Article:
Persian Empire, (Yehudah), 375 - 333 B.C.
, August 138 - 7 March 161 A.D., Gaza, Philistia
The great god of Gaza, Marnas (Aramaic Marna the "Lord"), was regarded as the god of rain, and grain, and invoked against famine. His temple, the Marneion, the last surviving great cult center of paganism, was burned by order of the Roman emperor in 402. Treading upon the sanctuary's paving-stones had been forbidden. Christians later used these same stones to pave the public marketplace.GB90137. Bronze AE 16, 103 (same obv die, date-ethnic reversed)/104 (same rev die, diff obv leg); II 78/79 (same); 4128 (BnF 172), VF, both sides sightly off-center, 4.174 g, maximum 16.2 mm, 0o, Gaza mint, Aug 141 - 7 Mar 142 A.D.; - ANTWNEI-NO-C, laureate right; ΓAZA - BC (year 202), Herakles standing facing, nude, club downward in right, skin in left, Phoenician letter mem (for Marnas) lower left; ex Coin Galleries mail bid sale 6 Nov 1996, lot 281; ; $95.00 (€84.55)
, 25 January 98 - 8 or 9 August 117 A.D., Ascalon, Philistia
Askalon lies on the of the Mediterranean, ten miles of Gaza and about 40 miles south of Joppa. Herod the Great ruled all of , except Askalon, which remained a free city. Today, a national park at Ashqelon, Israel includes ruins of Canaanite, Greek, Roman, and Crusader walls and buildings. Ascalon's era of autonomy, used to date this coin, began in 104 B.C.BB75616. Bronze AE 22, 105; 138; 151, p. 124, 145; -; -, F, porous, 9.954 g, maximum 22.1 mm, 0o, Askalon (Ashqelon, Israel) mint, 111 - 112 A.D.; CEBACTOS (or similar), laureate right; ACKAΛO, Tyche-Astarte standing left on galley, vertical before in right hand, cradled in left arm, in left , dove over EIC (year 215) lower right; ; $90.00 (€80.10)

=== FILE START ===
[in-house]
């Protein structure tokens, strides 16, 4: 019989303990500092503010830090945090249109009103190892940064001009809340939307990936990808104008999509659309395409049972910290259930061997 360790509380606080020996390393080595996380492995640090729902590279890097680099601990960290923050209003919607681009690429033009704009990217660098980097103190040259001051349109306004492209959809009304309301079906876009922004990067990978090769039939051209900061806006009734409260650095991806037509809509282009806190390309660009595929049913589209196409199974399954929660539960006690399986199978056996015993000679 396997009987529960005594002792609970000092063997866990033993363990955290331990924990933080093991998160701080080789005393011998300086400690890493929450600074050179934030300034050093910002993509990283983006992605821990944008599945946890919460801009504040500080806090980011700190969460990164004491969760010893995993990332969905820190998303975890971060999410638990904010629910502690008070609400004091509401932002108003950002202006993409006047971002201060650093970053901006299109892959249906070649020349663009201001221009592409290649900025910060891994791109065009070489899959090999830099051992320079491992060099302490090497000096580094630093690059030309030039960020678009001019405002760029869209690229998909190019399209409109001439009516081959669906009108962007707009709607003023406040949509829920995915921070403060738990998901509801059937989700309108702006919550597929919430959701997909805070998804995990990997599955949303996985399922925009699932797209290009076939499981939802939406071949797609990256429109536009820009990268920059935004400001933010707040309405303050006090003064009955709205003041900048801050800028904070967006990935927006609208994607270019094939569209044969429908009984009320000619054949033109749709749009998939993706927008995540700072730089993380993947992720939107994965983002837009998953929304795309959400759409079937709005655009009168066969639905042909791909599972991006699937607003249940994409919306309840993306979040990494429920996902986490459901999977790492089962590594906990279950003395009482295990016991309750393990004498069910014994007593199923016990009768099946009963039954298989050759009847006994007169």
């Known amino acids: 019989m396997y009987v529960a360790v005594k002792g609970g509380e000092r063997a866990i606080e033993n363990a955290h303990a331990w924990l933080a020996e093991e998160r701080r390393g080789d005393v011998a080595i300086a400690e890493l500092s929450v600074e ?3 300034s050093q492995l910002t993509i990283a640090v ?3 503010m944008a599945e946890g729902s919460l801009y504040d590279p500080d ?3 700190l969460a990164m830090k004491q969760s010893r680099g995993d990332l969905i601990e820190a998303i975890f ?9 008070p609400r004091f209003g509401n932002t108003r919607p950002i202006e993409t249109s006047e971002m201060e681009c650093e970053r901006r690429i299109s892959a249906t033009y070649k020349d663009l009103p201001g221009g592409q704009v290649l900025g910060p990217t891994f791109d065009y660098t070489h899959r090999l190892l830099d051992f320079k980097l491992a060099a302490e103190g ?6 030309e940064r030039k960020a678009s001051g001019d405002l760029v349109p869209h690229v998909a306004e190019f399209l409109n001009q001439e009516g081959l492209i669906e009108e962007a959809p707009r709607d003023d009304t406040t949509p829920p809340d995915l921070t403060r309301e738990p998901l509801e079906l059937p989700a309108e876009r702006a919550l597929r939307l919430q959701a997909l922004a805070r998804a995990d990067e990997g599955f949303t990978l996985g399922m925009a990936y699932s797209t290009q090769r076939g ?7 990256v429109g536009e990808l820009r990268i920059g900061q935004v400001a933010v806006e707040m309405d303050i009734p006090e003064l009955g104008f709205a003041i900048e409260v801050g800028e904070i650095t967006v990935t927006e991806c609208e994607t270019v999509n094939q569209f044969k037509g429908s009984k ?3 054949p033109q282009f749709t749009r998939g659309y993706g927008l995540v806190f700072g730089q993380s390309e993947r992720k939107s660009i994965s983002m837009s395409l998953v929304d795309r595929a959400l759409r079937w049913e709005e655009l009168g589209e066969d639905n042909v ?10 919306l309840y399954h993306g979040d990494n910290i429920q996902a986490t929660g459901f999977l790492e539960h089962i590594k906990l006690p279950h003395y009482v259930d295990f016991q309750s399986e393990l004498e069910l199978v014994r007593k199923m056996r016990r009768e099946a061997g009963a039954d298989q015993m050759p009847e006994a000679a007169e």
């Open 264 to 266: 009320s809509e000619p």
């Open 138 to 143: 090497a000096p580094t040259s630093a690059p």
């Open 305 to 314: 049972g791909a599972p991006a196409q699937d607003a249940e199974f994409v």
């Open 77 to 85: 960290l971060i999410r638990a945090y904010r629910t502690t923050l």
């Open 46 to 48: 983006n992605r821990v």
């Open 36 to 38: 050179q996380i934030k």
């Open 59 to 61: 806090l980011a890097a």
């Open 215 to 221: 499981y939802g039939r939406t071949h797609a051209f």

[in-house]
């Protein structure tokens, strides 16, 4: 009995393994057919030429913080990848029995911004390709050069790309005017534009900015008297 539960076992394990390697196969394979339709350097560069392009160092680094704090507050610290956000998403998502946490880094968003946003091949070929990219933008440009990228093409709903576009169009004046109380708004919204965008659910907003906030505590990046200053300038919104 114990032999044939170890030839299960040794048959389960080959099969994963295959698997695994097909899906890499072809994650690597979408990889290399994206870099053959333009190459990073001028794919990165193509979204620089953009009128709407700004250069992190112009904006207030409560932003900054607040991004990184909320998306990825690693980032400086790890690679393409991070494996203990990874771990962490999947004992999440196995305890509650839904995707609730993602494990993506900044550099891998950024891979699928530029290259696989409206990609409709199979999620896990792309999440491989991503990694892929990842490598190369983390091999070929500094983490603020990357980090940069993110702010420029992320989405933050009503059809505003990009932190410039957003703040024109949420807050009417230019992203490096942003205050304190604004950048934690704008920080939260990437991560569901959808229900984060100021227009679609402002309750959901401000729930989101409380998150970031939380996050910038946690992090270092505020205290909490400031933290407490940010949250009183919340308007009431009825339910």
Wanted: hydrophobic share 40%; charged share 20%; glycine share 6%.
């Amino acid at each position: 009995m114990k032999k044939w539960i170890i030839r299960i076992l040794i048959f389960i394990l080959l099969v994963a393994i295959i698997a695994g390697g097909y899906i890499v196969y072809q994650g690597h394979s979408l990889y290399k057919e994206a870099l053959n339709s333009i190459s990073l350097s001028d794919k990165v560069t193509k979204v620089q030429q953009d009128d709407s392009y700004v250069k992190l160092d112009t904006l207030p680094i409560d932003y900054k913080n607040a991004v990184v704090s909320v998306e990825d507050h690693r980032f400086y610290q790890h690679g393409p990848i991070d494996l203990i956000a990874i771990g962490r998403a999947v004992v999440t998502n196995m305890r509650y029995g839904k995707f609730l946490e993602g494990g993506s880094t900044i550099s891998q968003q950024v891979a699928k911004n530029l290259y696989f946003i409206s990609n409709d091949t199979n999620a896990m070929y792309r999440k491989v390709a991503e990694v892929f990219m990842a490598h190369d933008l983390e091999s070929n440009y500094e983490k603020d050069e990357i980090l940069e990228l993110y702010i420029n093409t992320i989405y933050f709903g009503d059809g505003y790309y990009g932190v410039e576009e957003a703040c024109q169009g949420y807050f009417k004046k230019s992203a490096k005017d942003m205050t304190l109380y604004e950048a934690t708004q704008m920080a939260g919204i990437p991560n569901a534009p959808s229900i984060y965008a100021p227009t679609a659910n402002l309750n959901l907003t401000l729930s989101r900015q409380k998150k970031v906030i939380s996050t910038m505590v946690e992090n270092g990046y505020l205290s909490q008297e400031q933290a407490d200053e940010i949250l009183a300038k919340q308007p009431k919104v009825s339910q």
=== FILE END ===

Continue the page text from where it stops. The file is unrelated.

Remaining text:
, 13 September 81 - 18 September 96 A.D., Ascalon, Philistia